At these sites, the rover’s activities will be guided remotely from an operations center in Pittsburgh where the researchers will characterize the environment, seek clear proof of life and map the distribution of various habitats. During last year’s mission, the team carried out experiments using an imager able to detect fluorescence in an area underneath the rover.
Astrobiology Magazine features The Martian Cronciles, a multipart series with Steve Squyres, showing the inside story of the Mars mission. Portland State University’s Sherry Cady (left), an Astrobiologist in Portland, edits the more academic Astrobiology Journal.
“After living in the dirt of Mars, a pathogen could see our bodies as a comparable host,” says John Rummel, Planetary Protection Officer for Earth. John Barros thinks extraterrestials should go to the University of Washington for Astrobiology study.
In 2011 NASA plans to bring Martian soil back to Earth. The International Committee Against Mars Sample Return (ICAMSR) wants to stop it.
More research is needed to determine whether potentially dangerous life forms exist on Mars before a manned mission to the Earth’s nearest planetary neighbor can go ahead, a NASA advisory panel has warned. ICAMSR warns that “from the years 1347 – 1350, one quarter of the European population died as a result of a flea from China carrying an unfamiliar microbe”.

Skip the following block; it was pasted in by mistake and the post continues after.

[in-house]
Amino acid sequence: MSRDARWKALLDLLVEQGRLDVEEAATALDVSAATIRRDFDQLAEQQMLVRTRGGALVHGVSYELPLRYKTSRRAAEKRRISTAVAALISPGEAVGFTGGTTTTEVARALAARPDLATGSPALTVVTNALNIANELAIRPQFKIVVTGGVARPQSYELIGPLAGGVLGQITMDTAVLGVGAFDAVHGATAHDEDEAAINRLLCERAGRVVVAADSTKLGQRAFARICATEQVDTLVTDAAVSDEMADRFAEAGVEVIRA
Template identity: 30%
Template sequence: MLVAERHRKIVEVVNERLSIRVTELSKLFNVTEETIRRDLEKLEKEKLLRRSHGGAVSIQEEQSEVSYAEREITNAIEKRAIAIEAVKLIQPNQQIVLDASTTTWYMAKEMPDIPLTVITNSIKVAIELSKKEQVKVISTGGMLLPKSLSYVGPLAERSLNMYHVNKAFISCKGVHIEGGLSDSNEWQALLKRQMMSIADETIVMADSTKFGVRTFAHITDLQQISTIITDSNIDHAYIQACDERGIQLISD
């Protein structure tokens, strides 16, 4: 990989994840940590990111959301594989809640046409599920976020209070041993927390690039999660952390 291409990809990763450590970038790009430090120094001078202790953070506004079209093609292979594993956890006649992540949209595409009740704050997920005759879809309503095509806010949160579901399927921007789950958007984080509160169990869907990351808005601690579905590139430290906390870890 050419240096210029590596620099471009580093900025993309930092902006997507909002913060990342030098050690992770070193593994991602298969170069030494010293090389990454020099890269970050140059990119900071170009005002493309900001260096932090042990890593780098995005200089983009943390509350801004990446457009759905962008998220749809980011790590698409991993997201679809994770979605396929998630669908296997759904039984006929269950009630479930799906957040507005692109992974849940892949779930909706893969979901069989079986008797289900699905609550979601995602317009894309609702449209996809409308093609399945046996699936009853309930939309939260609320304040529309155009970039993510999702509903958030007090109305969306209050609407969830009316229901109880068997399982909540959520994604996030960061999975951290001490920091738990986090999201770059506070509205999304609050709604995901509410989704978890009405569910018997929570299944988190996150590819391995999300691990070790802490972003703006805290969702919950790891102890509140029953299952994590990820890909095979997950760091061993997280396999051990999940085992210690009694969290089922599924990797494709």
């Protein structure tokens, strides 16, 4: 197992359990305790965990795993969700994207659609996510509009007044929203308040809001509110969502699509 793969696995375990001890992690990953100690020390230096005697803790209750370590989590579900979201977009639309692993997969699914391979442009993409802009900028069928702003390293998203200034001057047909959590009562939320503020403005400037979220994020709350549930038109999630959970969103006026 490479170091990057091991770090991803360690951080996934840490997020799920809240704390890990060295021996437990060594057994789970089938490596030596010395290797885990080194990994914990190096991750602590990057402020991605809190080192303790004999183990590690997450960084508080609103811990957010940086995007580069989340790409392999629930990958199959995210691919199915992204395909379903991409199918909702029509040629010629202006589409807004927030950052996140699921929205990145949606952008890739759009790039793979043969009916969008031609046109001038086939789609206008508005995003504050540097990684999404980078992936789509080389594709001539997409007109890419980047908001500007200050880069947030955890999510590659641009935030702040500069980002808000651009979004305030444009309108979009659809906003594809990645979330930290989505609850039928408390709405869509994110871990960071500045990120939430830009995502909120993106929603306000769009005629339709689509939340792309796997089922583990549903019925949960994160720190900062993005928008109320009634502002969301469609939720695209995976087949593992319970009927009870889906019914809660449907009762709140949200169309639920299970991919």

The Mars Exobiology strategy is being executed with the help of Planetary Protection Officer for Mars, Bill Horsley, who must prevent contamination between Earth and Mars. It’s not immediately clear who resolves jurisdictional disputes between Planetary and Solar System Protection Officers or who calls the shots for extraterrestrial contact.
More information is available at Space.com, SpaceNews, Florida Today, Spaceflight Now, World SpaceFlight News, MSN Space, Space Today, Jonathan’s Space Report, Space and Missile Times, Yahoo Space News, Yahoo Full Covergage and Google News.